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Gait Posture. 2007 Oct;26(4):572-6. Epub 2007 Mar 6.

Changes in gait while backward counting in demented older adults with frontal lobe dysfunction.

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Department of Rehabilitation and Geriatrics, Geneva University Hospitals, Geneva, Switzerland.



Gait disorders caused by dementia have been associated with frontal lobe dysfunction. Dual-tasking is used to explore the involvement of cortical level in gait control. It has been shown that dual-task induced gait changes that could be related to (1) the efficiency of executive function, (2) the level of difficulty involved in the walking-associated task, or (3) the articulo-motor components comprised in the walking-associated task. A better understanding of dual-task related changes in demented subjects with frontal lobe dysfunction could help us to clarify the role of the frontal lobe in motor gait control.


To assess and compare the effects of two mental arithmetic tasks involving similar articulo-motor components but different level of difficulty on the mean values and coefficient of variation (CV) of stride time among demented older adults with impaired executive function.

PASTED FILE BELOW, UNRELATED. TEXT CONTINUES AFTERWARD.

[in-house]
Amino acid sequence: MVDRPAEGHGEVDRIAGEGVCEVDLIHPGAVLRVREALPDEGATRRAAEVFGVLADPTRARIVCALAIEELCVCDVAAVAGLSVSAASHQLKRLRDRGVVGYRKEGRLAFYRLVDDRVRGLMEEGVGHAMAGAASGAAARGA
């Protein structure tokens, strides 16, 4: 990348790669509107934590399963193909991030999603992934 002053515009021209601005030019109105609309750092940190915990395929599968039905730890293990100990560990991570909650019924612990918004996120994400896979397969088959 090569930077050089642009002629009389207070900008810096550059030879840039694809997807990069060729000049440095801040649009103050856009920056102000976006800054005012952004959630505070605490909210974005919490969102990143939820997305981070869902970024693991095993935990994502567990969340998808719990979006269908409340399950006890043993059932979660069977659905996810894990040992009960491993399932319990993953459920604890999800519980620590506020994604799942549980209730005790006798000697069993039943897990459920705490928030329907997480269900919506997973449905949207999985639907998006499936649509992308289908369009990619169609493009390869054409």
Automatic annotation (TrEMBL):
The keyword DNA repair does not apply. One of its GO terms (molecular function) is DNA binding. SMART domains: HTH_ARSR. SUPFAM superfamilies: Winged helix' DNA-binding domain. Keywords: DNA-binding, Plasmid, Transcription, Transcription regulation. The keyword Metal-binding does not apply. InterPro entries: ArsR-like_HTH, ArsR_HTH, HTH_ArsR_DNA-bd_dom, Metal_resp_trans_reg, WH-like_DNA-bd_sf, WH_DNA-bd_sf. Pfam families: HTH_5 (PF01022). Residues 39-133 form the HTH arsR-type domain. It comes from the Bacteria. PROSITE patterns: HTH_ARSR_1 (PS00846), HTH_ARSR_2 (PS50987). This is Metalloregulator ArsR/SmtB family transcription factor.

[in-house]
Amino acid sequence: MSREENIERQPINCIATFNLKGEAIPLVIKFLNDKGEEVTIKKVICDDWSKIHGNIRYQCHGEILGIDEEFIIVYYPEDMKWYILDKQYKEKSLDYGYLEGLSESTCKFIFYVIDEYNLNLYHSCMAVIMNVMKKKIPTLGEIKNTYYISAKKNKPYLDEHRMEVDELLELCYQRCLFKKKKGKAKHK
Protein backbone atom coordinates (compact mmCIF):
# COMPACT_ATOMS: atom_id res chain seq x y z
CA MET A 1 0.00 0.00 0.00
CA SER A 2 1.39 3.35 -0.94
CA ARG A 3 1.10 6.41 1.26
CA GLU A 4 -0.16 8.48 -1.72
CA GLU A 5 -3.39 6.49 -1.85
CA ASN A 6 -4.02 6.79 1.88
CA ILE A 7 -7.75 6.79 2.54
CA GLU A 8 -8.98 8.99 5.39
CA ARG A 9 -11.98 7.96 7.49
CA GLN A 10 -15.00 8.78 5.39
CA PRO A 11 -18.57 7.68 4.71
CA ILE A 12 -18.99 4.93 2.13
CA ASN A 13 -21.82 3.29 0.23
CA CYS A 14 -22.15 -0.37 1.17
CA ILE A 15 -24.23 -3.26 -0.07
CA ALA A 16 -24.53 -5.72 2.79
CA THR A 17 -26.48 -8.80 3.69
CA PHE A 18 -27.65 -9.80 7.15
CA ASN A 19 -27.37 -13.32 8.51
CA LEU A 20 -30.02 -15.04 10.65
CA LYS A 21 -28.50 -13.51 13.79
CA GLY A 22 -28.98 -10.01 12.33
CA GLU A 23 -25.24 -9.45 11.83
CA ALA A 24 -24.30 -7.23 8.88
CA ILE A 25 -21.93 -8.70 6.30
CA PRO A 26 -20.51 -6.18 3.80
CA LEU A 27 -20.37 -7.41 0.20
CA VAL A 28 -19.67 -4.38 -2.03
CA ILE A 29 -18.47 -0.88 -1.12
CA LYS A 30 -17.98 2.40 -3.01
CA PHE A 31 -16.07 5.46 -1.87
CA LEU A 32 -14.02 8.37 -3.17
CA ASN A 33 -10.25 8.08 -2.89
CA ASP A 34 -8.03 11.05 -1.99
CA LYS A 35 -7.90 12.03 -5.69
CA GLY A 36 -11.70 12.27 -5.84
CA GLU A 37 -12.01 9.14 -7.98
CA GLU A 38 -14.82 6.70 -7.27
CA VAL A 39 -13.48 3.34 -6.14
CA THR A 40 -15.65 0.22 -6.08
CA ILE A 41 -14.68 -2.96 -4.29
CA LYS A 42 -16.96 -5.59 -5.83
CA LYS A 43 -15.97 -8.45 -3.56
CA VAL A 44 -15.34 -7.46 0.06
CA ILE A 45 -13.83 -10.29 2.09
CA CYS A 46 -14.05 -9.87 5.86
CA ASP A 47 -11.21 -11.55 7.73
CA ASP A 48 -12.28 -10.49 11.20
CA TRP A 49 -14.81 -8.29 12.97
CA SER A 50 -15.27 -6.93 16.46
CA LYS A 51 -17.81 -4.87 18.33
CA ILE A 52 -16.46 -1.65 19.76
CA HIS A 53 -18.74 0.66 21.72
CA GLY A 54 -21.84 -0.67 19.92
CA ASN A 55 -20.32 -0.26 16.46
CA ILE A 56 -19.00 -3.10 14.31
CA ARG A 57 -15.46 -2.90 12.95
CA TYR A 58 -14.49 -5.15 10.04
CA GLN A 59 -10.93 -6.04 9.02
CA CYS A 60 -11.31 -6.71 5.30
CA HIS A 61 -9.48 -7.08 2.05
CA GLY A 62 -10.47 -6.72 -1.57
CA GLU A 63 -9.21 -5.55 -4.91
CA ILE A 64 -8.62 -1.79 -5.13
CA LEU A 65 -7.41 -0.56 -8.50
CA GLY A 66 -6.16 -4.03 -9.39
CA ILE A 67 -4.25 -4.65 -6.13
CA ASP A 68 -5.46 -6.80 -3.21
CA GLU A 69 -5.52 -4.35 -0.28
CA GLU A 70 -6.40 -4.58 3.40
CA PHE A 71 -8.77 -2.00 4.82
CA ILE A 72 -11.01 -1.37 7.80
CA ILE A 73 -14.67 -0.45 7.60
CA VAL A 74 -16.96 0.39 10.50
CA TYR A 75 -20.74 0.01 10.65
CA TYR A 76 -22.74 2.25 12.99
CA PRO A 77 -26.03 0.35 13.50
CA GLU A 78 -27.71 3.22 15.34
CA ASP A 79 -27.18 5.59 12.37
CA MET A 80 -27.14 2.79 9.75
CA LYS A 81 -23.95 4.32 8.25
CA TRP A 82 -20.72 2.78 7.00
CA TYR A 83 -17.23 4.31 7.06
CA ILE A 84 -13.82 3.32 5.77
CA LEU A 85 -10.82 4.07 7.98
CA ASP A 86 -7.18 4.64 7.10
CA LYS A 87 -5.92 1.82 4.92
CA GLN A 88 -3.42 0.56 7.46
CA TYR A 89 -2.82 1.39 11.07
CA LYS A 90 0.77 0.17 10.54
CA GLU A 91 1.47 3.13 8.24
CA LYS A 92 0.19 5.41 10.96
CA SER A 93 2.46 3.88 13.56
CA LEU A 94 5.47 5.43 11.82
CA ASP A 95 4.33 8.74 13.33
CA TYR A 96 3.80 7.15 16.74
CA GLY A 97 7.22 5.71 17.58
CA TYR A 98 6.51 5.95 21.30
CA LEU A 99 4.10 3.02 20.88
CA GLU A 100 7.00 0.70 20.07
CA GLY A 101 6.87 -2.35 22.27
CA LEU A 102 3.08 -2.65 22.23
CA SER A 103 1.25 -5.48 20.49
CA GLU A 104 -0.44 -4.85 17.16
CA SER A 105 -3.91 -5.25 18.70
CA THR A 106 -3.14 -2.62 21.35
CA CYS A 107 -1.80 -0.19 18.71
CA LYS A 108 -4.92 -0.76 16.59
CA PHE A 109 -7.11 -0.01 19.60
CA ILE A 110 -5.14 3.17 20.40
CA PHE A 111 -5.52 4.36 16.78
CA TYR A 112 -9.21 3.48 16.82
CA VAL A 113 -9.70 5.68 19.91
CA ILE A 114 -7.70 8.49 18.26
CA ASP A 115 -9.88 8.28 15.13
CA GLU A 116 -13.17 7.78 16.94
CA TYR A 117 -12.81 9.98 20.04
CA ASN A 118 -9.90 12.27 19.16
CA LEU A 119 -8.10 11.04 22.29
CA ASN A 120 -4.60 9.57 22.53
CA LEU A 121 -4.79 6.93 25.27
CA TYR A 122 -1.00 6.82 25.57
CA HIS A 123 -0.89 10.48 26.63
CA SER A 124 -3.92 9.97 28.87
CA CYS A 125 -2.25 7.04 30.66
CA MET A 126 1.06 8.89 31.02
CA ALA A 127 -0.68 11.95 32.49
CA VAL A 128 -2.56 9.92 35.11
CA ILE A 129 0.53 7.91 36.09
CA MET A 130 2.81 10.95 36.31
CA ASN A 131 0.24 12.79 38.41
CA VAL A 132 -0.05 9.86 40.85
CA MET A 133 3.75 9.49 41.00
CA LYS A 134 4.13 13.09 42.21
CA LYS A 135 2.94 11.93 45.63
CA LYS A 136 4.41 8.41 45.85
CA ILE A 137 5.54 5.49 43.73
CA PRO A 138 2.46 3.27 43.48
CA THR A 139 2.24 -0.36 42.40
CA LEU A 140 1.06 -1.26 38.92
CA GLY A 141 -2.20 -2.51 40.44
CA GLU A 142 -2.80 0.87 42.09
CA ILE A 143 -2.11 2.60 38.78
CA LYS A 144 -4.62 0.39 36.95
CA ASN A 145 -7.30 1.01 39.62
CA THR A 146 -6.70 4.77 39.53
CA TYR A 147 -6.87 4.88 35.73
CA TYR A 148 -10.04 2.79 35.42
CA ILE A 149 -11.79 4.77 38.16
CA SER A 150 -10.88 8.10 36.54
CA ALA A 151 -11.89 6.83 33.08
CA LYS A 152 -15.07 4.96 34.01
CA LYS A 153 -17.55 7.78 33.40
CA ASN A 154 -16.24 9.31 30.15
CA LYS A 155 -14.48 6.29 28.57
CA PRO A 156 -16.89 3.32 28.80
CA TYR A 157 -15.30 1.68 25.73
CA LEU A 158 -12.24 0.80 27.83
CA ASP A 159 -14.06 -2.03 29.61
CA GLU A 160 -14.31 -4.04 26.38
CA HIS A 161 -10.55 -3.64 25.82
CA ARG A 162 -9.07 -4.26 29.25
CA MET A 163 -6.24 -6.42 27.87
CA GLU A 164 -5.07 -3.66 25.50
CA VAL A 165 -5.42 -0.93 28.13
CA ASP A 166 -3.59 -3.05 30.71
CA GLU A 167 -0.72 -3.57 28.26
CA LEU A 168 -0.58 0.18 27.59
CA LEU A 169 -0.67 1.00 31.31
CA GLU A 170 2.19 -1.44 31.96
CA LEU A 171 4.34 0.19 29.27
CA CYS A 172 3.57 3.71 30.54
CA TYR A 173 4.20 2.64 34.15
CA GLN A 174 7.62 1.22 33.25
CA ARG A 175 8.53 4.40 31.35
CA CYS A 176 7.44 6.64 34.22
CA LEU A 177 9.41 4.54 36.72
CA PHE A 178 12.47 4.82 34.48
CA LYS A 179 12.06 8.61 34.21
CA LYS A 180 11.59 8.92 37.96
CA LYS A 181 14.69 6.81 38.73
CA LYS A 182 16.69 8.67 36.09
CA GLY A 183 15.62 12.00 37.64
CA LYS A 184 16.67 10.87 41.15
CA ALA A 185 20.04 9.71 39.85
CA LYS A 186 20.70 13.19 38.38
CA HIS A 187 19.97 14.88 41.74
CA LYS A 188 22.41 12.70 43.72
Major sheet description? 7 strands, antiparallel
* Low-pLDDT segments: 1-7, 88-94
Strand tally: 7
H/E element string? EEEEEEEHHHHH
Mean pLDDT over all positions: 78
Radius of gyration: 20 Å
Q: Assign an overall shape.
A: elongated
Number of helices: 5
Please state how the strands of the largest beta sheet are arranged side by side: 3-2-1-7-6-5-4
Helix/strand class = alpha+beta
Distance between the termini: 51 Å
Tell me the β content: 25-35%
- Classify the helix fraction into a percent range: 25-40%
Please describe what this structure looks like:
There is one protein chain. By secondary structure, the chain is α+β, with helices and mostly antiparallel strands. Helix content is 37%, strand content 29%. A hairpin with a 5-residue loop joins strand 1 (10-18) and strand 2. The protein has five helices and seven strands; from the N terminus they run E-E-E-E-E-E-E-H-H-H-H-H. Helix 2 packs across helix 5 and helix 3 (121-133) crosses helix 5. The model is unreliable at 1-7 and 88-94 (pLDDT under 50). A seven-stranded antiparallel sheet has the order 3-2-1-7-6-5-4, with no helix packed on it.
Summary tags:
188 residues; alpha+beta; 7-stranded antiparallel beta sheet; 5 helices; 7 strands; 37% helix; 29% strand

The mean values and coefficients of variation of stride time were measured using a GAITRite-System among 16 demented older adults with impaired executive function while walking with and without forward counting (FC) and backward counting (BC).


The mean values and CV of stride time were significantly higher under both dual-task conditions than during a simple walking task (p<0.05). The change in CV of stride time during BC was significantly higher when compared with the change during FC (p=0.015), whereas the change in mean value was not significant (p=0.056). There was no difference between the dual-task and single task condition as far the number of enumerated figures were concerned (p=0.678 for FC and p=0.069 for BC), but significantly fewer figures were enumerated while BC compared with FC (p<0.001).


BC provoked more changes in gait parameters than FC with major modification in gait variability related to an inappropriate focusing of attention. These findings suggest that the CV may be a suitable criterion for the assessment of gait control.

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